Goldsboro (formerly Goldsborough) is a borough in York County, Pennsylvania, United States. The population was 952 at the 2010 census.
For historical reasons, the post office in Goldsboro is named "Etters" even though there is no incorporated place known by that name, and the United States Postal Service (USPS) states that the name "Etters" is preferred over "Goldsboro" for addressing mail to ZIP code 17319. (see Source of the name "Etters")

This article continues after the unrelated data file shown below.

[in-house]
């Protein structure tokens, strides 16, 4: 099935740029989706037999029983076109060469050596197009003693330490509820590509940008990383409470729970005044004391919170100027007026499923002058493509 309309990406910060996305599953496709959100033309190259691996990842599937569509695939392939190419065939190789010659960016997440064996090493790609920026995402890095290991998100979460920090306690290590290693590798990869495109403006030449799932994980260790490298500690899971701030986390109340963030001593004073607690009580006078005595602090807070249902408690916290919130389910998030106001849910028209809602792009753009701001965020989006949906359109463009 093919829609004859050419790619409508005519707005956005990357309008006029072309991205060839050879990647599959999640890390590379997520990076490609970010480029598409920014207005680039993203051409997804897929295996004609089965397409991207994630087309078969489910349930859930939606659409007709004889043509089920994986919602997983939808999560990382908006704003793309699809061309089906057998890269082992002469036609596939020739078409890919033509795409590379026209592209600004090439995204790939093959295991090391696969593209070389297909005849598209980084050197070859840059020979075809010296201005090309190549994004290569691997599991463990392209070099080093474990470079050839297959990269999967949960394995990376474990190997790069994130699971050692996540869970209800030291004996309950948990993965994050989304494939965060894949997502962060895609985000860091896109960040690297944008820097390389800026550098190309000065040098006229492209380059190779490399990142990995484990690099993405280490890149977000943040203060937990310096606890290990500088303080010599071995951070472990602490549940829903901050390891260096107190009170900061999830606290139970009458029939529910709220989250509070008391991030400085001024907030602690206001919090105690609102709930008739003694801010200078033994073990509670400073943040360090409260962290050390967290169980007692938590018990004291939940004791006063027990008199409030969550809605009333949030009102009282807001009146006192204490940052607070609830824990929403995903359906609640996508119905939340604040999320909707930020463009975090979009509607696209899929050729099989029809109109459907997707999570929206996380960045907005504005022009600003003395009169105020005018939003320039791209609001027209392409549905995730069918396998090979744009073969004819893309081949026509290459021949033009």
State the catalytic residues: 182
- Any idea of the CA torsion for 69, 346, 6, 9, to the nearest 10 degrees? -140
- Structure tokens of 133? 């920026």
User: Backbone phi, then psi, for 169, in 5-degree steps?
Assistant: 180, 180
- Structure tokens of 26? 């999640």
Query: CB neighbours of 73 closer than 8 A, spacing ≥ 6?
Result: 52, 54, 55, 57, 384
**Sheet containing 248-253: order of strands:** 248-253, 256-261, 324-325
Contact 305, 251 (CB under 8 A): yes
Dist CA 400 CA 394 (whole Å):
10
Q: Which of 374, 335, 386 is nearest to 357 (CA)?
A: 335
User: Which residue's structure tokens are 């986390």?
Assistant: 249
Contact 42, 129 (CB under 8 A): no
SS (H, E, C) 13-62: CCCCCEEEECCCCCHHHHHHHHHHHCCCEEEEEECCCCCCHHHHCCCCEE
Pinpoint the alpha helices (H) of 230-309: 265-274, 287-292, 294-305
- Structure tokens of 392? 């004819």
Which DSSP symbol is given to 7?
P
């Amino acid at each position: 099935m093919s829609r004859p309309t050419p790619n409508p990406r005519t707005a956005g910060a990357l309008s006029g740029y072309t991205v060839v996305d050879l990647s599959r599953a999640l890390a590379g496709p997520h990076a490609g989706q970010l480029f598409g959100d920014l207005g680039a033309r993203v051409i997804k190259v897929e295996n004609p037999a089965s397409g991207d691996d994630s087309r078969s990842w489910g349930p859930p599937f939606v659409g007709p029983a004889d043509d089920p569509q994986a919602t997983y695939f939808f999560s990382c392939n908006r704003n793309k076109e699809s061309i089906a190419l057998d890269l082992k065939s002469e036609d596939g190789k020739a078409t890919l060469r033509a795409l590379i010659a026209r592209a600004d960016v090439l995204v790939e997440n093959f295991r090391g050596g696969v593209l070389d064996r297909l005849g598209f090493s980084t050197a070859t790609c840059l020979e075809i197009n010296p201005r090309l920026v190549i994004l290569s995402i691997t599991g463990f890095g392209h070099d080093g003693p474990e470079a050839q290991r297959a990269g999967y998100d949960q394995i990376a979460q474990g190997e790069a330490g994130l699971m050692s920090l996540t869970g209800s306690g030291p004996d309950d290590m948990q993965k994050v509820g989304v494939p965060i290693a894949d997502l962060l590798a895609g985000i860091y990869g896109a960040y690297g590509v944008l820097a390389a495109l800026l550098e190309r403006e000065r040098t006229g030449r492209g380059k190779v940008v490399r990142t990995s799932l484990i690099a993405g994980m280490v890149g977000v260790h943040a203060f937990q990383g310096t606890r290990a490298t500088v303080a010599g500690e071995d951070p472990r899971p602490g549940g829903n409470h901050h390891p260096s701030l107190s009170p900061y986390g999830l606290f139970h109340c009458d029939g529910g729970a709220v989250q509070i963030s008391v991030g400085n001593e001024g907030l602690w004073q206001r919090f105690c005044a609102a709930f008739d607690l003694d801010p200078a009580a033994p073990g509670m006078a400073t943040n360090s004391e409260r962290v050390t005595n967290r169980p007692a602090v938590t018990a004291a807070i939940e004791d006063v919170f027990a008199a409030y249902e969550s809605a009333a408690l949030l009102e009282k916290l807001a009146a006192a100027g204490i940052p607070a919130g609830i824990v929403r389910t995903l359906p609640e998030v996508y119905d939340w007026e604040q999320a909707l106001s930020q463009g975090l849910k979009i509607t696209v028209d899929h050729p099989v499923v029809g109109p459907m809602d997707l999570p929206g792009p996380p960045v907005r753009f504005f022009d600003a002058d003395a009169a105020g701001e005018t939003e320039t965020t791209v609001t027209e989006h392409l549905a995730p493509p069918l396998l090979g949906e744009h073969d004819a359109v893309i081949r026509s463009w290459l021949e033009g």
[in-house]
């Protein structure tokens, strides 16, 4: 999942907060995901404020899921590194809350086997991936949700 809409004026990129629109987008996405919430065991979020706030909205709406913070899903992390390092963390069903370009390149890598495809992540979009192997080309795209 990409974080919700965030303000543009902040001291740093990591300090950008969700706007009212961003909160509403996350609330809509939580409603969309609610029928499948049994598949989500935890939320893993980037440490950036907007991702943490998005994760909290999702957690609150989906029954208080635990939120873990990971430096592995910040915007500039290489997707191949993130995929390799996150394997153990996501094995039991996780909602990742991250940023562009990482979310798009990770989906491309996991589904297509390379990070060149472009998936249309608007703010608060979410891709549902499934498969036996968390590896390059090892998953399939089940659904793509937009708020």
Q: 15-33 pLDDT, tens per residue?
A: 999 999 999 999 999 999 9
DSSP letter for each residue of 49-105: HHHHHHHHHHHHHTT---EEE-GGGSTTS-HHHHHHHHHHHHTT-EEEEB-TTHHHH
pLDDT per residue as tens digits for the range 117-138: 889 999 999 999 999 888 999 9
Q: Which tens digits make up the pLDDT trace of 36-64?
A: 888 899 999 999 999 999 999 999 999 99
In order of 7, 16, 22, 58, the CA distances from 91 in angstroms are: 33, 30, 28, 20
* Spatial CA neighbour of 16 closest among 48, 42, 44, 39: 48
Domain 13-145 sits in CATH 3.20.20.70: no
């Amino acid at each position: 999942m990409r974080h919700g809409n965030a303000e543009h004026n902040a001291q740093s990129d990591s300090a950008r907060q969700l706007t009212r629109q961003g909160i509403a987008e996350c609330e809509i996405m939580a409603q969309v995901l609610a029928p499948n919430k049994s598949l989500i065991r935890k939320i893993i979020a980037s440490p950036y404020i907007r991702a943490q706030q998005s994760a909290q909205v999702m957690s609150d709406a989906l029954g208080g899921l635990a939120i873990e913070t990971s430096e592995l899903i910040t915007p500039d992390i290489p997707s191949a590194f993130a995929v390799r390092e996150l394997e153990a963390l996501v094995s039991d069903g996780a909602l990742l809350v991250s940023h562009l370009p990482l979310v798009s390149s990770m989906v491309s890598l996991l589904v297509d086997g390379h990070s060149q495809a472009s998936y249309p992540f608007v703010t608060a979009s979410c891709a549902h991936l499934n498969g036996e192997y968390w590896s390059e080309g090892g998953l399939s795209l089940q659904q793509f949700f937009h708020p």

In 1738 Nathan Hussey, a Quaker, from New Castle County, Delaware, obtained a grant for land on which the Village of Goldsboro now stands. In 1743 a road from Walnut Bottom, now in Cumberland County, to Hussey's ferry was built. The turnpike was completed in 1816 from York to Harrisburg. Along the turnpike, near the site of Hussey's Ferry (now Middletown Ferry) Henry Etter established Etter's Tavern, which included Etter's Post Office by 1838. Goldsboro was founded in 1850 upon completion of a railroad from York Haven to Harrisburg. Prior to completion of the railroad the 20 or so houses that made up Goldsboro were affectionately referred to as Martinsville, for Martin P. Burger who owned a store near the village. When the railway was completed in 1850, the village was named Goldsborough in honor of J.M. Goldsborough, the civil engineer of the railway. Dr.